42. Donna in CT says:

    Ohhhhh, I am very empathetic and my heart was hurting so much I had to skip to the bottom to see if he was okay before I could read the rest! I’m so glad it turned out okay in the best possible way.

  43. Rita from Phoenix says:

    I was feeding my dogs and had a thought…maybe Spike thought you wandered off into the night and went looking for you. Since he can’t hear and maybe he didn’t see you go into the BLT to take a piddle. He prob thought OMG where did she go? and off he went being the protective Spike that he is. After hours of searching down the road and no Sue, he returned home. I bet he was just as exhausted but relieve that you came home! It put a smile on my face to think he did go searching for you. You think that’s possible?

    • Cinandjules (NY) says:

      That’s a wonderful thought! He wasn’t going to leave you out there for the critters! Protecto Spikey! I like it!

  44. Heda says:

    So glad he’s back and how clever was he to find his way home.

  45. rollininclover says:

    What to do with these furry babes who own our hearts! I’m right there with you in spirit.

  46. Marsha (MI) says:

    Sue, I’m so glad things turned out the way they did. As I was reading this post I was thinking how much we’ve all come to love your little crew and while they are yours, they’ve also come to be ours. In fact, yesterday I was thinking if I would ever get a pet, I would want a Spike in my life. Yes, I have a favorite. Even his disappearing is part of his personality. It’s just unfortunate that it happened in the middle of the night, making it difficult to track the little guy.

  47. Maggie says:

    AwMan, Sue!

    What a wretched night. I like Rita-from-Phoenix’s conjecture that Spikey was actually worrying about where you were. They do that, y’know 🙂

    You are probably miles away from Moab by now, but if you were to take route 128 along the Colorado River you’d find several BLM campgrounds. The best (imho) is Goose Island. The petroglyphs on the cliffs across from the campground make for a fascinating afternoon of sittin’ & starin’. LOL.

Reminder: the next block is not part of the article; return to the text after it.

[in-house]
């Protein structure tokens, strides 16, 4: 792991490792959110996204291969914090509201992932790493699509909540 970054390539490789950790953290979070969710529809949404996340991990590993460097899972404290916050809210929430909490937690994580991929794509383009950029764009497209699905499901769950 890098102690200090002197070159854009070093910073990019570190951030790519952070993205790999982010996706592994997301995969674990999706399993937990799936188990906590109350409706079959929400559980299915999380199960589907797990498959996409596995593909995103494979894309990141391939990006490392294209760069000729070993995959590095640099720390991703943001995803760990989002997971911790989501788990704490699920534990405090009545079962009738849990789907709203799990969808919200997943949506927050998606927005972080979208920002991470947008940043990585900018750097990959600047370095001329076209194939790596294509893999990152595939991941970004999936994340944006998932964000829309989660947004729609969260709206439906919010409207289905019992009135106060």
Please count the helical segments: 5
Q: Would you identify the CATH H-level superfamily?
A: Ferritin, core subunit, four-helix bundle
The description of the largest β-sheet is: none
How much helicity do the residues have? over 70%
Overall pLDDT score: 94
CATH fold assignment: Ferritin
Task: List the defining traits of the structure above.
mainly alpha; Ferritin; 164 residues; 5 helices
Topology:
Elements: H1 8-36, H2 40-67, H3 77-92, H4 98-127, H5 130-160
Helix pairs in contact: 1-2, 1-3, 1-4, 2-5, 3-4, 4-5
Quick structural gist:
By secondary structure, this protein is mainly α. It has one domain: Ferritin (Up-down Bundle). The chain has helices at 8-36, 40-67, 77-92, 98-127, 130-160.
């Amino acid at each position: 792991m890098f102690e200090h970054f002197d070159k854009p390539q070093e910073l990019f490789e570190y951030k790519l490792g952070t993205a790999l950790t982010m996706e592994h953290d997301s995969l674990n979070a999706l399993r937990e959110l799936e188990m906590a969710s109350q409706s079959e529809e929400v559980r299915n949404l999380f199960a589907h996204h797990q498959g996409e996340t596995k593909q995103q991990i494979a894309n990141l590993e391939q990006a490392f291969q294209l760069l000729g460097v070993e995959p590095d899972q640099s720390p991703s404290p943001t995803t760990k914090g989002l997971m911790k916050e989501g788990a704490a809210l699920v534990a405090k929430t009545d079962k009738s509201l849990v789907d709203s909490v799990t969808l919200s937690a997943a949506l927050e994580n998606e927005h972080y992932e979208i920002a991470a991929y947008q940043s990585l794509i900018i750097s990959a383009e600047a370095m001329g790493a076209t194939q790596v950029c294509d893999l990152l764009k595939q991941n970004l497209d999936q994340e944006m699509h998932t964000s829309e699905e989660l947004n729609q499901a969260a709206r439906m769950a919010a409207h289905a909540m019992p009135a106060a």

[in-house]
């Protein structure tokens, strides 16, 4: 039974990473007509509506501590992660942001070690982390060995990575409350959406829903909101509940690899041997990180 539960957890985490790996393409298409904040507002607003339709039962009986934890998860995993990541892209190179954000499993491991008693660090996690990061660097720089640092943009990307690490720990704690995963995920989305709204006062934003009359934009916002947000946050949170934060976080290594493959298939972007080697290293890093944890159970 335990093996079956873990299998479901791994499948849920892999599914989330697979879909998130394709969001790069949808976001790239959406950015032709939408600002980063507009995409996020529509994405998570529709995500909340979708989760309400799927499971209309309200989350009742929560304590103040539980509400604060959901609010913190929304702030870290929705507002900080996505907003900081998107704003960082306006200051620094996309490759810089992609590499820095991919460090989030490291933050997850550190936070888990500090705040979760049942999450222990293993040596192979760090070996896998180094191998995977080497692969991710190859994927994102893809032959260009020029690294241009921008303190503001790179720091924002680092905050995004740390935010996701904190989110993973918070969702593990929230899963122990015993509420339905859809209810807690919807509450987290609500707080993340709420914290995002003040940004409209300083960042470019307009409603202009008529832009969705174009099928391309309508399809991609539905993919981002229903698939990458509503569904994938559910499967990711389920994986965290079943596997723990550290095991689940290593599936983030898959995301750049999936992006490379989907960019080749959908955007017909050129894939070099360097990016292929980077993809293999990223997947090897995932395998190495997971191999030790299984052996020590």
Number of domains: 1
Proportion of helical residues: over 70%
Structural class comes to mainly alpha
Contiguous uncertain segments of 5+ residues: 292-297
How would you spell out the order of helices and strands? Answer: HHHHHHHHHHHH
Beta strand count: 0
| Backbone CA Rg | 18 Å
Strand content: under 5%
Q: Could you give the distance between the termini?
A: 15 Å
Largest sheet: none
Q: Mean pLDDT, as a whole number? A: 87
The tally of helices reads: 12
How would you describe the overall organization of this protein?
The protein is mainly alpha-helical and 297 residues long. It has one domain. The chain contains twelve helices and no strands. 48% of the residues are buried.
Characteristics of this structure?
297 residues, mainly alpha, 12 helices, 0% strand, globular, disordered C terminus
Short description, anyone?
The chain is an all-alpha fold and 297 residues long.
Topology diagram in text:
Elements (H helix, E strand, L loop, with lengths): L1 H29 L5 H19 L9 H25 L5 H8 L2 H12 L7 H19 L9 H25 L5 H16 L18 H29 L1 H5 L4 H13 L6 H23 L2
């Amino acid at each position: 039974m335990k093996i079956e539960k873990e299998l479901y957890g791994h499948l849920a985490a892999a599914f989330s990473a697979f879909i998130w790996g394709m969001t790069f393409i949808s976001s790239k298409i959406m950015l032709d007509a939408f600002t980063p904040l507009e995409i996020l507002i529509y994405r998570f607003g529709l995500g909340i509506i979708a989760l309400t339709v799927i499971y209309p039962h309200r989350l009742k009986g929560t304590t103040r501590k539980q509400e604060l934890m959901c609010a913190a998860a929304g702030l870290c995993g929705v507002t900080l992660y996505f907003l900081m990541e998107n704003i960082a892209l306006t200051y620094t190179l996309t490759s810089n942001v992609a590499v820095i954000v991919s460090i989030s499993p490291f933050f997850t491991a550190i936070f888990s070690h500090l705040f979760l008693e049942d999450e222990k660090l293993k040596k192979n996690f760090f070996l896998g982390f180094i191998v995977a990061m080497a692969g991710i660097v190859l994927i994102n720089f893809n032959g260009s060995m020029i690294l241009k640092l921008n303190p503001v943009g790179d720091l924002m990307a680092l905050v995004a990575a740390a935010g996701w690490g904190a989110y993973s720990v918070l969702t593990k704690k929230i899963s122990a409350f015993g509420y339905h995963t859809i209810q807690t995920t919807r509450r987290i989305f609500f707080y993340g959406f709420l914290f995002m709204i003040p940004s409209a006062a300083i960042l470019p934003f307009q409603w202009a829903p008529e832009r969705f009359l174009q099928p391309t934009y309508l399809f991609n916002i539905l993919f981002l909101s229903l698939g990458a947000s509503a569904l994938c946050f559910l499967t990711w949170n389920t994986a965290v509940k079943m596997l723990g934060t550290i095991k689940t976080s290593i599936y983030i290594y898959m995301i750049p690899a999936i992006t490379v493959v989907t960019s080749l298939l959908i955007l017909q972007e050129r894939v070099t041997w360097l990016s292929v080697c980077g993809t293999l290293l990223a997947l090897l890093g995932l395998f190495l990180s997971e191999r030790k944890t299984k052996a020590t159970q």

Thanks for all you do, RVSue.
    Strong hugs from it’s-FINALLY-Spring-in-Vermont.

    • R. (Western Colorado) says:

      Maggie, I took 128 early Thursday morning and couldn’t believe how many campers were in each site including one at the end near Dewey Bridge. I’m not sure RVSue would like to camp there because it looks like campers are almost on the top of each other. I think the area near the Island in the Sky of Canyonlands would have less campers. I couldn’t wait to get out of that area. Today (Saturday) I had to give up on my hike because of wicked winds and rain. Did you know yesterday a part of I-15 got closed in both directions because of extremely strong winds?

  48. Who could possibly write a hurtful comment to such a genuinely heartfelt post? I have been just where you were with a deaf dog. My heart was racing as I read. I am so glad the coyotes were not around.

  49. MB says:

    I was right there crying with you toward the middle of the post. And cried harder when he came home. I have had moments like that too. It’s the not knowing if they are OK that is so agonizing. One hour seems like days! And then you see that beloved face coming toward you…………pure JOY! So glad Spike found his way home to you and Bridget! Love from VA…..MB (human), Sissy (cat) Hazel, Wyndy and Bella (dogs). 🙂

  50. Marcia GB says: